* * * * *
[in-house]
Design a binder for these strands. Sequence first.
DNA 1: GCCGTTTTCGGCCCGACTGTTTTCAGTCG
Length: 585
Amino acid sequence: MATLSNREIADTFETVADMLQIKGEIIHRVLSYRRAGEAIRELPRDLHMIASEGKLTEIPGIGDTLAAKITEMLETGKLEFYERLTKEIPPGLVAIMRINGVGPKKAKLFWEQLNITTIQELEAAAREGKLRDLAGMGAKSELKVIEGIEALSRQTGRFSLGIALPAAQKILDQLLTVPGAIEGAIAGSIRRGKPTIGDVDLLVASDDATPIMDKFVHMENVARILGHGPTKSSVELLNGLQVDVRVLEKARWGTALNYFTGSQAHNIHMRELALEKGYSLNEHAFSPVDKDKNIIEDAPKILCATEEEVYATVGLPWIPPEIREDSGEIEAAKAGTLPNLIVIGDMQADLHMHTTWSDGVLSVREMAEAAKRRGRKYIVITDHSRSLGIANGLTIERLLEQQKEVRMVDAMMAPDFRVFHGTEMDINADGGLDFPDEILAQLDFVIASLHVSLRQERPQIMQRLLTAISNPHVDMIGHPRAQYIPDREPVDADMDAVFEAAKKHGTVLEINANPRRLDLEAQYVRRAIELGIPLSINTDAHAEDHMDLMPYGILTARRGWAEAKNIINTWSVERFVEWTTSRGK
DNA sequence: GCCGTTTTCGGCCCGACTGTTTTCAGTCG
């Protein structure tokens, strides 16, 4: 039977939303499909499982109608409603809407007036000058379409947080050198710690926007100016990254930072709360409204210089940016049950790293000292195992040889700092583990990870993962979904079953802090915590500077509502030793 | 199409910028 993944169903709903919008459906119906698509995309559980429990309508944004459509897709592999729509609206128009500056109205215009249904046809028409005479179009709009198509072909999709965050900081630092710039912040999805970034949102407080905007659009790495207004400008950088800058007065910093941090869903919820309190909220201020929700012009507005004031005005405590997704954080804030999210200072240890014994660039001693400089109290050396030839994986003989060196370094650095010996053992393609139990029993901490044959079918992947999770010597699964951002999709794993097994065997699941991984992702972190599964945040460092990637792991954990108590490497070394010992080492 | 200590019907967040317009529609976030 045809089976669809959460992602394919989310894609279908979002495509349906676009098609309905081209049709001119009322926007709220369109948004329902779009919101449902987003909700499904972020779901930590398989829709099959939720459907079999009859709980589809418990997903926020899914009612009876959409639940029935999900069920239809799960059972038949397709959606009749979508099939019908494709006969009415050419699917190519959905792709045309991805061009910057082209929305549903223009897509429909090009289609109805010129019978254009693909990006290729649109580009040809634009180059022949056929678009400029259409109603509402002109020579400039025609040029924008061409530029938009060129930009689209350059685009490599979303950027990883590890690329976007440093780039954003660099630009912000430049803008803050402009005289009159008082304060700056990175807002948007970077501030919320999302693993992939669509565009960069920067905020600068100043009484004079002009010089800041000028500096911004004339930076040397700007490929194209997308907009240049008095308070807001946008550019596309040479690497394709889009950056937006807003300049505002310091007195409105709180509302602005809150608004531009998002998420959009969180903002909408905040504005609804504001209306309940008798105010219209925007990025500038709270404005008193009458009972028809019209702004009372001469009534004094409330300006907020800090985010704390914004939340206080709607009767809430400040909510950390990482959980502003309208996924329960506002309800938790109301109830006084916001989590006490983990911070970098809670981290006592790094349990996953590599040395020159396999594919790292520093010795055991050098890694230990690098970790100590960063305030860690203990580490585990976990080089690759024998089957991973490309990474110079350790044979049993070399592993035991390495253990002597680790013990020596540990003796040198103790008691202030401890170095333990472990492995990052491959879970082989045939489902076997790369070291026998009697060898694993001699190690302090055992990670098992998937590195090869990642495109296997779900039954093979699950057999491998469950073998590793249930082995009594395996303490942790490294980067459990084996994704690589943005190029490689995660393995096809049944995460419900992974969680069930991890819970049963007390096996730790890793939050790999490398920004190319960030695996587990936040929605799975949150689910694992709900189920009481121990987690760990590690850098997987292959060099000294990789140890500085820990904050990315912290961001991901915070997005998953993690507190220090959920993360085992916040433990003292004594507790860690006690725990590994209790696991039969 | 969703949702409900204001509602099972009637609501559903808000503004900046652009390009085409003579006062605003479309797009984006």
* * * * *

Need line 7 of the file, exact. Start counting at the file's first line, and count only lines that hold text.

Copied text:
């Protein structure tokens, strides 16, 4: 039977939303499909499982109608409603809407007036000058379409947080050198710690926007100016990254930072709360409204210089940016049950790293000292195992040889700092583990990870993962979904079953802090915590500077509502030793 | 199409910028 993944169903709903919008459906119906698509995309559980429990309508944004459509897709592999729509609206128009500056109205215009249904046809028409005479179009709009198509072909999709965050900081630092710039912040999805970034949102407080905007659009790495207004400008950088800058007065910093941090869903919820309190909220201020929700012009507005004031005005405590997704954080804030999210200072240890014994660039001693400089109290050396030839994986003989060196370094650095010996053992393609139990029993901490044959079918992947999770010597699964951002999709794993097994065997699941991984992702972190599964945040460092990637792991954990108590490497070394010992080492 | 200590019907967040317009529609976030 045809089976669809959460992602394919989310894609279908979002495509349906676009098609309905081209049709001119009322926007709220369109948004329902779009919101449902987003909700499904972020779901930590398989829709099959939720459907079999009859709980589809418990997903926020899914009612009876959409639940029935999900069920239809799960059972038949397709959606009749979508099939019908494709006969009415050419699917190519959905792709045309991805061009910057082209929305549903223009897509429909090009289609109805010129019978254009693909990006290729649109580009040809634009180059022949056929678009400029259409109603509402002109020579400039025609040029924008061409530029938009060129930009689209350059685009490599979303950027990883590890690329976007440093780039954003660099630009912000430049803008803050402009005289009159008082304060700056990175807002948007970077501030919320999302693993992939669509565009960069920067905020600068100043009484004079002009010089800041000028500096911004004339930076040397700007490929194209997308907009240049008095308070807001946008550019596309040479690497394709889009950056937006807003300049505002310091007195409105709180509302602005809150608004531009998002998420959009969180903002909408905040504005609804504001209306309940008798105010219209925007990025500038709270404005008193009458009972028809019209702004009372001469009534004094409330300006907020800090985010704390914004939340206080709607009767809430400040909510950390990482959980502003309208996924329960506002309800938790109301109830006084916001989590006490983990911070970098809670981290006592790094349990996953590599040395020159396999594919790292520093010795055991050098890694230990690098970790100590960063305030860690203990580490585990976990080089690759024998089957991973490309990474110079350790044979049993070399592993035991390495253990002597680790013990020596540990003796040198103790008691202030401890170095333990472990492995990052491959879970082989045939489902076997790369070291026998009697060898694993001699190690302090055992990670098992998937590195090869990642495109296997779900039954093979699950057999491998469950073998590793249930082995009594395996303490942790490294980067459990084996994704690589943005190029490689995660393995096809049944995460419900992974969680069930991890819970049963007390096996730790890793939050790999490398920004190319960030695996587990936040929605799975949150689910694992709900189920009481121990987690760990590690850098997987292959060099000294990789140890500085820990904050990315912290961001991901915070997005998953993690507190220090959920993360085992916040433990003292004594507790860690006690725990590994209790696991039969 | 969703949702409900204001509602099972009637609501559903808000503004900046652009390009085409003579006062605003479309797009984006």